Cash-Out Refinance

cash-out refinance replaces your existing mortgage with a new, larger loan that includes a new interest rate and term. Pocketing the difference between your old mortgage and the new loan can provide you with funds to make home improvements.

Credit Cards

If you’re making minor updates to your home, such as repainting a wall, installing new lighting, or even purchasing appliances, using your credit card can be an effective financing option. However, for more involved projects, credit cards carry high interest rates, so you’ll want to avoid carrying a balance.

No matter how long you’ve lived in your home, the idea of customizing your space to fit your lifestyle can be both exciting and daunting. The excitement of a more functional kitchen or the satisfaction of refinished floors is too often overshadowed by the intimidating questions around money.

For big home renovation projects, doing a little homework and planning before diving in is essential.

Learn how to put a home equity line of credit to work for you with tips from Better Money Habits or by speaking to a lending specialist.

Brandon Blankenship is the Vice President, Enterprise Retail Sales Manager for Bank of America in Colorado.

Planning a home remodel? Here are a few things to consider

With travel restrictions in place, entertainment options at a minimum and people cooped-up in their homes for hours-on-end, many are deciding to dedicate their “spending money” to home renovations and remodels.

The more they see of their house, the more they become aware of the changes they’ve always wanted to make and improvements that will truly turn their house into the home of their dreams.

Perhaps you’re one of these people. And whether you’re considering a new kitchen or bathroom, a dedicated office or study space, an in-home theater, new backyard patio, a sizable addition or complete overhaul, there are initial steps that need to be taken and relevant questions to ask before you start tearing down walls.

One of the biggest mistakes a person can make when starting the process of remodeling a home is calling ten different contractors and asking for bids. It seems like a logical step, to compare prices, but it could lead to much bigger problems down the road. Obviously, finding a good price is important, but finding the right person and team for the job is critical in order to avoid scheduling issues, time delays, cost overruns and overall confusion.

Some of the more important aspects to consider at the outset include:

Don’t try to be your own general contractor

There’s a lot of work involved, and underlying issues to consider, during a home remodel/renovation and many of these challenges require the experience and knowledge of a professional.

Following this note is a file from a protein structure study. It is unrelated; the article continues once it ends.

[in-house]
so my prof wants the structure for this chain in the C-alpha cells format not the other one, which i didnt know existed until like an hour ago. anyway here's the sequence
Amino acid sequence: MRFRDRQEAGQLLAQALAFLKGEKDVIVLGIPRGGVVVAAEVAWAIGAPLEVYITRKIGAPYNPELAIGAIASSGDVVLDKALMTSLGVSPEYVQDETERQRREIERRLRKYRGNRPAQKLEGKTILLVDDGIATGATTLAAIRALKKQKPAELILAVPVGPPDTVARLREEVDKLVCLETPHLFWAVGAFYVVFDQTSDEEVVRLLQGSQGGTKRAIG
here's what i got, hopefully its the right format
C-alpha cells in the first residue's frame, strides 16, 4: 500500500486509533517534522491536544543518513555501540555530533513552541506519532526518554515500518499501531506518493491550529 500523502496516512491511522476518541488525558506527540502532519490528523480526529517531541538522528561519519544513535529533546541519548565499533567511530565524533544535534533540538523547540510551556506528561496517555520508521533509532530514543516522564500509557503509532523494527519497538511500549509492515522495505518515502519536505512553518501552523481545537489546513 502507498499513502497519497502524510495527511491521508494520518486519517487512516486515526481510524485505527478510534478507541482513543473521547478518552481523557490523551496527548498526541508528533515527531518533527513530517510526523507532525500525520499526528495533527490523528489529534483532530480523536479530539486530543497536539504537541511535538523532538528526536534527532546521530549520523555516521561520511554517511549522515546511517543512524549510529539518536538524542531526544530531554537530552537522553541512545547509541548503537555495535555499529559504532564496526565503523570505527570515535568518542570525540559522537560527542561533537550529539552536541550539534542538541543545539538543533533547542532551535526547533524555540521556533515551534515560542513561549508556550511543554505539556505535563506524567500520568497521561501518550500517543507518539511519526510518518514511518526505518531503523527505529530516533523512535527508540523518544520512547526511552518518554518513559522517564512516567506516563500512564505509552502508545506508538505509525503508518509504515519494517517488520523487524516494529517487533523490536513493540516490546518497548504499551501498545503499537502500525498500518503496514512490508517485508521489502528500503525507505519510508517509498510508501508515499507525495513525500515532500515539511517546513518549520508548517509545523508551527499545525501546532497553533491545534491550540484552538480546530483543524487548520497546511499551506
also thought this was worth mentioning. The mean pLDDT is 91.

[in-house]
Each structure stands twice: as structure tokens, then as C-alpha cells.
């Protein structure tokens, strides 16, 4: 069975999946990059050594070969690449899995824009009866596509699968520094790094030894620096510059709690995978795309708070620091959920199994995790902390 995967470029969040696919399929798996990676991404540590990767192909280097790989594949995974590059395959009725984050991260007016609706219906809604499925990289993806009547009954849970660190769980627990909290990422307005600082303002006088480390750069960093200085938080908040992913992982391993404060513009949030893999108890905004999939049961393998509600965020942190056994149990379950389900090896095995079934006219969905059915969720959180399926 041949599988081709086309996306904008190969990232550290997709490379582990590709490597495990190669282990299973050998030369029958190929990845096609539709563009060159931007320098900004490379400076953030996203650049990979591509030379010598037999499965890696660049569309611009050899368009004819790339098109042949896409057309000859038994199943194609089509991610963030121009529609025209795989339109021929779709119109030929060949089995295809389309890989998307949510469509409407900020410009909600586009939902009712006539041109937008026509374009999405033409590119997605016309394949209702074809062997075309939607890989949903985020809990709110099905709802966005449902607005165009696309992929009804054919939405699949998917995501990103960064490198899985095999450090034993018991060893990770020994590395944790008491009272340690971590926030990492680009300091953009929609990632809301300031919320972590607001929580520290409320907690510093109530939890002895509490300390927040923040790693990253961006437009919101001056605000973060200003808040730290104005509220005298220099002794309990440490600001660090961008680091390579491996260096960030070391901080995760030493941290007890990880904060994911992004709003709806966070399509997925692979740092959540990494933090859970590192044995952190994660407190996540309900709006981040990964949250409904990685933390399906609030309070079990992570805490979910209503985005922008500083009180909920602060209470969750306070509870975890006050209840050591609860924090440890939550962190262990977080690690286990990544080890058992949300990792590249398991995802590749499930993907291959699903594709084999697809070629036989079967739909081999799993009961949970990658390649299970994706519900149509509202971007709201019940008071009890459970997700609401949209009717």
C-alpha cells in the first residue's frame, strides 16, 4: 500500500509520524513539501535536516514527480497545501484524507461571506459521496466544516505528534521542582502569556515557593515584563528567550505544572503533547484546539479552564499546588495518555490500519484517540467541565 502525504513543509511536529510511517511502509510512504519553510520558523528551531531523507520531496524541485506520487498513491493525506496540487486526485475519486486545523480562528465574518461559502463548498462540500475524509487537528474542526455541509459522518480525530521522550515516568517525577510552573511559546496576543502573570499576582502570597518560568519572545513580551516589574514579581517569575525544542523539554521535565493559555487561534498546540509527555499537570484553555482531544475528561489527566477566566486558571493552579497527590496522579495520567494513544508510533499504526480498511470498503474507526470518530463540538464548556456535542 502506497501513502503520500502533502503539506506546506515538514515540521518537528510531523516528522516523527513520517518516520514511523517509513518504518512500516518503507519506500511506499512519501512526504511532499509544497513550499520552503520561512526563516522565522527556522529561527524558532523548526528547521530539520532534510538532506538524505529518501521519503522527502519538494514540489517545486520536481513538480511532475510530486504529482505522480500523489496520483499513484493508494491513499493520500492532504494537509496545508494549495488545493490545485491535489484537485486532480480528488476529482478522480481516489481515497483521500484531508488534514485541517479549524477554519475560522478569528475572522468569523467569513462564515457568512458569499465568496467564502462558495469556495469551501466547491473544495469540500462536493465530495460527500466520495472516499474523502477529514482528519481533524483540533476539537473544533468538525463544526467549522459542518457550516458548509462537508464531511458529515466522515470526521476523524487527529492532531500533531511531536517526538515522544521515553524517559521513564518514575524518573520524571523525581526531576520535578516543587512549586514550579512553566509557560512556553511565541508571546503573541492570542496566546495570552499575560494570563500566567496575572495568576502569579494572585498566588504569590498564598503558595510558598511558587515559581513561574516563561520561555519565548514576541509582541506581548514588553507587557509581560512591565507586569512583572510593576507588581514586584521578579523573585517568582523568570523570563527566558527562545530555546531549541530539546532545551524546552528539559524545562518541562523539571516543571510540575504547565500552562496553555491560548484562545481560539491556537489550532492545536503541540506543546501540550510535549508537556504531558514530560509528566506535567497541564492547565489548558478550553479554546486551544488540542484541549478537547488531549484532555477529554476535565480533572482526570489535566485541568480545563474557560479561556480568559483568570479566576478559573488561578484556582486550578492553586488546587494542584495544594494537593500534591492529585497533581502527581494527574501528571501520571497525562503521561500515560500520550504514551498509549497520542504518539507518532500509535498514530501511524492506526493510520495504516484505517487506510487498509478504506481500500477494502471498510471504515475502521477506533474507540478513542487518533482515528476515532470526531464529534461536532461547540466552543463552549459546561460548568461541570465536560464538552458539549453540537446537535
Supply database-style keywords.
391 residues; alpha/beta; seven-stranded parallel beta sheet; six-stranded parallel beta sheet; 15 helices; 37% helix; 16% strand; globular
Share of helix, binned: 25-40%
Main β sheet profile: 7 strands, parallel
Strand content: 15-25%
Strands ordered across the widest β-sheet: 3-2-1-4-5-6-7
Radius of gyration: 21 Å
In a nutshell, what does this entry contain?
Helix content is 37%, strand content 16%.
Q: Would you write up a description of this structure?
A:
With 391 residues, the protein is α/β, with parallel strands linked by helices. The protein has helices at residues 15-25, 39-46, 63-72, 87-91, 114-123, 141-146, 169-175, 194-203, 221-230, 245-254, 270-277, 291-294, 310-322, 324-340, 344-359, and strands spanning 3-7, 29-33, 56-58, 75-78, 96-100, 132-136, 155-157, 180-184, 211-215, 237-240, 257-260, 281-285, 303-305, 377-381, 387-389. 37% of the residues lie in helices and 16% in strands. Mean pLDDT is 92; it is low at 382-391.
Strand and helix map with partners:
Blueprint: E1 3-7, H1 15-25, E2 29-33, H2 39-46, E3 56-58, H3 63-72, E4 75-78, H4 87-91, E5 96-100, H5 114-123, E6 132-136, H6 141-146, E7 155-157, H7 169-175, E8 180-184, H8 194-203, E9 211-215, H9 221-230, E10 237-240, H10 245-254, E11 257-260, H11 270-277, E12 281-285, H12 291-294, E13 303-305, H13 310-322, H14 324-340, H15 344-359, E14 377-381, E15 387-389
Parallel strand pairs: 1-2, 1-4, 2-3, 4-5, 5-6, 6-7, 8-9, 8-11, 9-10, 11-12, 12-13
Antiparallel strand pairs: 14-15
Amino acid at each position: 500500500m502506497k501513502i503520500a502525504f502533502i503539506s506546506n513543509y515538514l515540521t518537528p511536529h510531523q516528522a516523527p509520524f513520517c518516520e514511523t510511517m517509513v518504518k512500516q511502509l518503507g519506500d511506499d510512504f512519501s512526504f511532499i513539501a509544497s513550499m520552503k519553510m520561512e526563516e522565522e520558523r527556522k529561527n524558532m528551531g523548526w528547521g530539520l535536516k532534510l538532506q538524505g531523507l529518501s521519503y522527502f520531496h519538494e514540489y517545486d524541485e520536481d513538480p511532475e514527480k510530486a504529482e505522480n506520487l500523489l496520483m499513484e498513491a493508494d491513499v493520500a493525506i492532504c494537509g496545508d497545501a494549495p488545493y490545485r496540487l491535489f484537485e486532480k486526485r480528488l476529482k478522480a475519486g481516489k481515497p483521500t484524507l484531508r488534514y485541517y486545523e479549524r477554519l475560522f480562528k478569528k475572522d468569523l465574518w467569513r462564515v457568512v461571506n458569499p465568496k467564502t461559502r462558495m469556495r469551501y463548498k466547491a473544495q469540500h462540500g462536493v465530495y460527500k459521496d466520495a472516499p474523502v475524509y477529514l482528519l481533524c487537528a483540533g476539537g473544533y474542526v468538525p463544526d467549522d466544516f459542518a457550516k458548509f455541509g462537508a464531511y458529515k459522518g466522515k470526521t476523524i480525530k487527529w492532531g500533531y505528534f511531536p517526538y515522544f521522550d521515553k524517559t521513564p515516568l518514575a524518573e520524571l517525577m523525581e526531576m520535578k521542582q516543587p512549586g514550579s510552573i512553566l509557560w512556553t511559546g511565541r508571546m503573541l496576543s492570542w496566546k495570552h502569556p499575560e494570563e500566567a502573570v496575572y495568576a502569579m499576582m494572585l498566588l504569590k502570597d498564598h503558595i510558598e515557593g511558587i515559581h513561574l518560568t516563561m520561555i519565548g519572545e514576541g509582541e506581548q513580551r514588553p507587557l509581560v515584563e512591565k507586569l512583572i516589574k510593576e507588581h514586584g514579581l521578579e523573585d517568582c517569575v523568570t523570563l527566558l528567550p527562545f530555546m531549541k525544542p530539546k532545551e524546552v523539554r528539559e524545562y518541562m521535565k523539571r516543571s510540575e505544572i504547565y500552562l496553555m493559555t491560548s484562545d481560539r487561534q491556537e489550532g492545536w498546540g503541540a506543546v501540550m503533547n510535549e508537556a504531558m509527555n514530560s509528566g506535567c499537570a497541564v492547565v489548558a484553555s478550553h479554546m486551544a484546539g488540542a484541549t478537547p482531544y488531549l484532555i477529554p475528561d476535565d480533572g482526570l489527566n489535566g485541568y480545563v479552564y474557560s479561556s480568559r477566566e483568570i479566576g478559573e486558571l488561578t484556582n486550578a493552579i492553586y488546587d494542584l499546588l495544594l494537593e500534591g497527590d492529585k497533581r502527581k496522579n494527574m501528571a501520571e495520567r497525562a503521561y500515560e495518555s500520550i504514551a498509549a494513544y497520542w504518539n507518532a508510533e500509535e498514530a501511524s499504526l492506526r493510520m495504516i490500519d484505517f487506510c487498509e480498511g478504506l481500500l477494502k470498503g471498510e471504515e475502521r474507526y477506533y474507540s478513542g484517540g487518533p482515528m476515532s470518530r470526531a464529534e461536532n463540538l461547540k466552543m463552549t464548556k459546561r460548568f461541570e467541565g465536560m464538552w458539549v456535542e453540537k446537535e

For example, obtaining city approvals and permits, taking into account structural issues, as well as electrical, mechanical and plumbing barriers and making sure the desired improvements can be designed according to a set budget are critical factors to a successful outcome.

Too often times a person will lock-in on the type of design they want, without considering all the things that might impact the cost, and before they know it their remodeling project has become a costly catastrophe.

Review qualifications, not just cost

If you decide to go with the lowest priced bidder, be prepared to face some serious consequences. As the saying goes, “you get what you pay for.” This is especially true in the current market, when a lot of remodeling work is happening and the design and construction workforce has been stretched thin.

Some of the less-than-ethical in the field will take your money and leave the job, not show up when they’re supposed to, aren’t experienced for the work you want done, don’t have a loyal and dedicated team working with them or simple are too busy to get around to what you want done.

Be sure that you take the necessary steps and ask the right questions to get the references and qualifications of the “professionals” you’re considering, not just the price for your project.

Important questions to ask

The questions to ask the person or team you’re considering for your home renovation don’t have to be overly technical, but they can be pointed and get you the information you need.

They will also help you to get beyond the surface of the work you want done, and provide you with a better understanding of how your candidates do-business:

  • Have you worked with the architect/designer before?
  • What is your current workload?
  • Will you self-perform the work, or hire subcontractors?
  • What is your process to protect my home from a lien?
  • What is your bookkeeping process for paying subcontractors?
  • How long have you been in business?
  • How will you communicate with me?
  • How often should I expect to hear from you with updates?
  • Can you present a certificate of insurance?
  • What is your liability track record?

Questions such as these will help you to get a better understanding of the person(s) you’ll have working in your home for days/weeks/months depending on the scope of work. Some of the questions might put a candidate on-the-spot, but it will help you in the decision making process.

Regardless of answers to questions and the written contract you receive, it’s never a bad idea to ask an attorney or your bank/lender to review it quickly and make sure everything is valid and doesn’t put any liability back on you.

A home remodel should be a fun experience, as you watch your vision become a reality. There will always be some hiccups along the way, but don’t let those hiccups become gags if you find out that you made bad decisions early in the process.

Photo Pat M Pat Minniear is the CEO of Milo Construction.